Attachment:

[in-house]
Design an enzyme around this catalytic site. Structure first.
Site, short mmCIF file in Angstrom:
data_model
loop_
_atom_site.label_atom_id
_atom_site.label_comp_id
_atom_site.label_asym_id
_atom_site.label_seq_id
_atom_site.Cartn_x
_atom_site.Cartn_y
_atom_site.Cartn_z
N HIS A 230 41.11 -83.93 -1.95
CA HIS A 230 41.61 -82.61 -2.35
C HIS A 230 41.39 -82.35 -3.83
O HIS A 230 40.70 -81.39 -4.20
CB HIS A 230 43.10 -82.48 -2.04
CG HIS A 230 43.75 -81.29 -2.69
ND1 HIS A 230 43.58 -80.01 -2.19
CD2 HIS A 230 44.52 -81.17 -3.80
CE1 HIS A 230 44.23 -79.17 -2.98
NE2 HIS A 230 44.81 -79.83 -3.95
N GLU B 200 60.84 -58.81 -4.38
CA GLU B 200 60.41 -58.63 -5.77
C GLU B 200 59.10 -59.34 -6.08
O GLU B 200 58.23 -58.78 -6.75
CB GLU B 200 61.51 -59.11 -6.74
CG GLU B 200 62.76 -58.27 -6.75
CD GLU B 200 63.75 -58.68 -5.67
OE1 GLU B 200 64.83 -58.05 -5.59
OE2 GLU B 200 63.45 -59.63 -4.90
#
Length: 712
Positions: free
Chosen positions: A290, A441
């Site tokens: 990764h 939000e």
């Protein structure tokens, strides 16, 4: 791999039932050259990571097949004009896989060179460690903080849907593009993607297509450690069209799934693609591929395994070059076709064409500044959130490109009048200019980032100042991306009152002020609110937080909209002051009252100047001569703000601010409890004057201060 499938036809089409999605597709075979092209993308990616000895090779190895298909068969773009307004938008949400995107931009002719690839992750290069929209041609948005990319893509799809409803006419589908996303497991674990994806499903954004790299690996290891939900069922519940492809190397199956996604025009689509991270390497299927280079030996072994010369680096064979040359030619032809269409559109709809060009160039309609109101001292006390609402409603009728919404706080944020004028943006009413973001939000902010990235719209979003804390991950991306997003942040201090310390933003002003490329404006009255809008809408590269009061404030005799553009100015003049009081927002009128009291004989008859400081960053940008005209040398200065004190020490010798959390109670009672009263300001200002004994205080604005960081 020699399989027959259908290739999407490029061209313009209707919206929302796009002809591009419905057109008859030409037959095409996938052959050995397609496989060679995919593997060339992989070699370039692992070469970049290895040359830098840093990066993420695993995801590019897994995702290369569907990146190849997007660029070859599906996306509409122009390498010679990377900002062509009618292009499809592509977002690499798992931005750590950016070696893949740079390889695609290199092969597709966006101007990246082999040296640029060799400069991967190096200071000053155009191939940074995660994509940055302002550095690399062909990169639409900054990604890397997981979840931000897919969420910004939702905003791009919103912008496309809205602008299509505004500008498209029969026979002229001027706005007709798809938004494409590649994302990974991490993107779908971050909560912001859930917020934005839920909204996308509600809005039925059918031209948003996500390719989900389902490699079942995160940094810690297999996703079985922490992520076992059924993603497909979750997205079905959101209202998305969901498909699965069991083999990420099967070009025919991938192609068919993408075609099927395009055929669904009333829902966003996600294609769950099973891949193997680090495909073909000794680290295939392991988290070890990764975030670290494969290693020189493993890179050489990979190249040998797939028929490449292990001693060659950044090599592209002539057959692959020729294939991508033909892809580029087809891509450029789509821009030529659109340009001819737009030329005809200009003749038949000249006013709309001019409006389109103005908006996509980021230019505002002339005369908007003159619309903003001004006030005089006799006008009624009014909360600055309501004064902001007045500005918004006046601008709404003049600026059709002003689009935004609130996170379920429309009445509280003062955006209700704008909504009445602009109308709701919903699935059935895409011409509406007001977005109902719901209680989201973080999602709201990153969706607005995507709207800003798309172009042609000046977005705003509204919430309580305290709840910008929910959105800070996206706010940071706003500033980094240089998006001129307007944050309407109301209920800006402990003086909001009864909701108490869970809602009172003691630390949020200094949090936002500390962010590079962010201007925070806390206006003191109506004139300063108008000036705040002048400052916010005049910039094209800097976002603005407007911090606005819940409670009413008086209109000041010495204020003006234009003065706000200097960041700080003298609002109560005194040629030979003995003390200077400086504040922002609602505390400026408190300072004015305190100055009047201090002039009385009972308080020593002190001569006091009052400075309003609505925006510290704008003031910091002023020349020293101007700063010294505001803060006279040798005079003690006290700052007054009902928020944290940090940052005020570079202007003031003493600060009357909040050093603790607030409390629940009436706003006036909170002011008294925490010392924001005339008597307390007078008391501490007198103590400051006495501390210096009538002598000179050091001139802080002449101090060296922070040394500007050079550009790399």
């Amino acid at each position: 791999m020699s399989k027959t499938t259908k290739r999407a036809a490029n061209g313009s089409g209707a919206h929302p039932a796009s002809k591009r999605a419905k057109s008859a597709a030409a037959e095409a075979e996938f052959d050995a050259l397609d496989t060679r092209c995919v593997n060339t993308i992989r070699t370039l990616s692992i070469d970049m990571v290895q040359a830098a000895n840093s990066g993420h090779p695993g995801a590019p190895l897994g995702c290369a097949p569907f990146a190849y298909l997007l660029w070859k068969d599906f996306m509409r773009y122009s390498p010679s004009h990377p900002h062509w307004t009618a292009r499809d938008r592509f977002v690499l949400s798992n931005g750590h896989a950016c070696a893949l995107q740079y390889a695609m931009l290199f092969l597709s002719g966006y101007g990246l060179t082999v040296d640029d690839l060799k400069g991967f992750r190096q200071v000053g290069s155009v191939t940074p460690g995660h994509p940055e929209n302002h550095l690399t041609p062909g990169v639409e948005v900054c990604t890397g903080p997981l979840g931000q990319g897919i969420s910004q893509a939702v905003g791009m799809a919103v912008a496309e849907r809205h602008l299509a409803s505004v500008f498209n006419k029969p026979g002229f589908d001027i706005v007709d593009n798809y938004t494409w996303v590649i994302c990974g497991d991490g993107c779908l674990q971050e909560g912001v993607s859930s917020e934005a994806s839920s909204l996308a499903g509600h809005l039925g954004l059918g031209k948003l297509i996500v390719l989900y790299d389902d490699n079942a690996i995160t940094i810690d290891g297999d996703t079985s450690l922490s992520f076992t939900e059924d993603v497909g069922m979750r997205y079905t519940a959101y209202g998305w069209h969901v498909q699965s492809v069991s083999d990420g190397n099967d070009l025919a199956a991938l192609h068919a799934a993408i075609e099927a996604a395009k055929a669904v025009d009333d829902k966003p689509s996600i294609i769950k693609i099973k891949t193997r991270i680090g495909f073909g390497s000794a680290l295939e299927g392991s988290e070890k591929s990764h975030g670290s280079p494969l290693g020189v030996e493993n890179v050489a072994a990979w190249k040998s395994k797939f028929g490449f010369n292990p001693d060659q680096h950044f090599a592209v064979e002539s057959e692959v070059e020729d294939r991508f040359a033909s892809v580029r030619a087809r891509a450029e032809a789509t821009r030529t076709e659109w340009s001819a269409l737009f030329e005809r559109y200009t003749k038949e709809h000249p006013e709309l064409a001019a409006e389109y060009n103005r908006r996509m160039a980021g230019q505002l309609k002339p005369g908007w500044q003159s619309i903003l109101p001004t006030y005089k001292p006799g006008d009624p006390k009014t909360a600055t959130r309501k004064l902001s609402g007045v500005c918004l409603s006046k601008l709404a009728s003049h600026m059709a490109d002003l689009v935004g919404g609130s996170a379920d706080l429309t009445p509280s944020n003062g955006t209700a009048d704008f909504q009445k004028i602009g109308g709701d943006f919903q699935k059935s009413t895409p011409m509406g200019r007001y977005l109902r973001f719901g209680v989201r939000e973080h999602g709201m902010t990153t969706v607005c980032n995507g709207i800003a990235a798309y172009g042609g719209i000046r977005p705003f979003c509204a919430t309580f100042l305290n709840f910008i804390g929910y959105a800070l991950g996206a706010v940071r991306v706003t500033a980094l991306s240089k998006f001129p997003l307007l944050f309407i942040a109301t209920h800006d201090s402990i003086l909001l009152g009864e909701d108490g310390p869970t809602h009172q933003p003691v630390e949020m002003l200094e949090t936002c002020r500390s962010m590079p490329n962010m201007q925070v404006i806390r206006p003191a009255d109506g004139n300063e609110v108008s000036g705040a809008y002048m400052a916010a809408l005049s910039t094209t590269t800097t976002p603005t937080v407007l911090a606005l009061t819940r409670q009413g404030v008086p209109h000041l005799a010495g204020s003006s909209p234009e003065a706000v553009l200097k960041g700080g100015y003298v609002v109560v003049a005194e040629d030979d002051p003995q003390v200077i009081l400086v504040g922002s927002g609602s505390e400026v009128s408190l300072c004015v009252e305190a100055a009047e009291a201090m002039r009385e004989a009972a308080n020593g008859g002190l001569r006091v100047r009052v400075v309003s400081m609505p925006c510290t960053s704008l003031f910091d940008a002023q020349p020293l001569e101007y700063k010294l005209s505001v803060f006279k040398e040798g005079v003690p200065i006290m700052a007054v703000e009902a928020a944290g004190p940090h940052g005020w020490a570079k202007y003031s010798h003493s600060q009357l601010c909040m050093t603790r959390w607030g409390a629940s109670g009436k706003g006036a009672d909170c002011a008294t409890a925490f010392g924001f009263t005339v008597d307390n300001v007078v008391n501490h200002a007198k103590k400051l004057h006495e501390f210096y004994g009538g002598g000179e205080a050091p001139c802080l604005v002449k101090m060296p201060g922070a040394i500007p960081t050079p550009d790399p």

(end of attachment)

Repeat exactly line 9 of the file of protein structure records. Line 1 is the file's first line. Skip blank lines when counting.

_atom_site.label_seq_id